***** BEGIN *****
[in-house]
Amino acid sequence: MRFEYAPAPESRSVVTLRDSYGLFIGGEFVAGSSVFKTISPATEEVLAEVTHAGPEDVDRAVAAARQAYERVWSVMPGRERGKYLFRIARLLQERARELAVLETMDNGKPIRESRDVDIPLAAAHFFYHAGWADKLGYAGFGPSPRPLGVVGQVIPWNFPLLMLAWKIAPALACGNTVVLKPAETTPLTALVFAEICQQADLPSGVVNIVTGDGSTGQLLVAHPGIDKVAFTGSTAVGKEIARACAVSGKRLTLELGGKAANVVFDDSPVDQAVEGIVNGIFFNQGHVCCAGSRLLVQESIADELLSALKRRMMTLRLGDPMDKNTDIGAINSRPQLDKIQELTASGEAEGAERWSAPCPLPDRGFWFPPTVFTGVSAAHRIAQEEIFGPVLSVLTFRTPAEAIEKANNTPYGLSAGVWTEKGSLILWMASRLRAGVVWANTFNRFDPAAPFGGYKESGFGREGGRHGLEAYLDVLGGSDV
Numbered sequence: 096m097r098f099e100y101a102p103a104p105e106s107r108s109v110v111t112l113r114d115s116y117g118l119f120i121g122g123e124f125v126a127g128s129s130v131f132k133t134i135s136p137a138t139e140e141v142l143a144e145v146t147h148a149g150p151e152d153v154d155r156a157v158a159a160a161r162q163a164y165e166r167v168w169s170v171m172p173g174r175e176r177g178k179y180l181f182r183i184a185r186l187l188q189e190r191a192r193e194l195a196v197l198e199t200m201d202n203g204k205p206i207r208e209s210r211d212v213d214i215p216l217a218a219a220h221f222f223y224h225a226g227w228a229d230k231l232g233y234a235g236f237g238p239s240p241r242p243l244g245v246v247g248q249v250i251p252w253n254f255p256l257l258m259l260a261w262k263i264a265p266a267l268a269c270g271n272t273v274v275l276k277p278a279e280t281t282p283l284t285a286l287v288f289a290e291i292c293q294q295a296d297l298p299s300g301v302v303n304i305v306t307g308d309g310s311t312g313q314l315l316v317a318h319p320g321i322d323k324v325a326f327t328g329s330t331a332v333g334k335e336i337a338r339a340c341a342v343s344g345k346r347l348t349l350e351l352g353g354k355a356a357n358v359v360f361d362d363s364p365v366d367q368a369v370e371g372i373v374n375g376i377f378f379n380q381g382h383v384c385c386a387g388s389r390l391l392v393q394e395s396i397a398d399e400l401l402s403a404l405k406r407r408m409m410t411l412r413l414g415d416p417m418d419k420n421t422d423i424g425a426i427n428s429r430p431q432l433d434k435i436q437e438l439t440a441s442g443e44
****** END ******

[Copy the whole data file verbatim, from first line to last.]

[in-house]
Amino acid sequence: MRFEYAPAPESRSVVTLRDSYGLFIGGEFVAGSSVFKTISPATEEVLAEVTHAGPEDVDRAVAAARQAYERVWSVMPGRERGKYLFRIARLLQERARELAVLETMDNGKPIRESRDVDIPLAAAHFFYHAGWADKLGYAGFGPSPRPLGVVGQVIPWNFPLLMLAWKIAPALACGNTVVLKPAETTPLTALVFAEICQQADLPSGVVNIVTGDGSTGQLLVAHPGIDKVAFTGSTAVGKEIARACAVSGKRLTLELGGKAANVVFDDSPVDQAVEGIVNGIFFNQGHVCCAGSRLLVQESIADELLSALKRRMMTLRLGDPMDKNTDIGAINSRPQLDKIQELTASGEAEGAERWSAPCPLPDRGFWFPPTVFTGVSAAHRIAQEEIFGPVLSVLTFRTPAEAIEKANNTPYGLSAGVWTEKGSLILWMASRLRAGVVWANTFNRFDPAAPFGGYKESGFGREGGRHGLEAYLDVLGGSDV
Numbered sequence: 096m097r098f099e100y101a102p103a104p105e106s107r108s109v110v111t112l113r114d115s116y117g118l119f120i121g122g123e124f125v126a127g128s129s130v131f132k133t134i135s136p137a138t139e140e141v142l143a144e145v146t147h148a149g150p151e152d153v154d155r156a157v158a159a160a161r162q163a164y165e166r167v168w169s170v171m172p173g174r175e176r177g178k179y180l181f182r183i184a185r186l187l188q189e190r191a192r193e194l195a196v197l198e199t200m201d202n203g204k205p206i207r208e209s210r211d212v213d214i215p216l217a218a219a220h221f222f223y224h225a226g227w228a229d230k231l232g233y234a235g236f237g238p239s240p241r242p243l244g245v246v247g248q249v250i251p252w253n254f255p256l257l258m259l260a261w262k263i264a265p266a267l268a269c270g271n272t273v274v275l276k277p278a279e280t281t282p283l284t285a286l287v288f289a290e291i292c293q294q295a296d297l298p299s300g301v302v303n304i305v306t307g308d309g310s311t312g313q314l315l316v317a318h319p320g321i322d323k324v325a326f327t328g329s330t331a332v333g334k335e336i337a338r339a340c341a342v343s344g345k346r347l348t349l350e351l352g353g354k355a356a357n358v359v360f361d362d363s364p365v366d367q368a369v370e371g372i373v374n375g376i377f378f379n380q381g382h383v384c385c386a387g388s389r390l391l392v393q394e395s396i397a398d399e400l401l402s403a404l405k406r407r408m409m410t411l412r413l414g415d416p417m418d419k420n421t422d423i424g425a426i427n428s429r430p431q432l433d434k435i436q437e438l439t440a441s442g443e44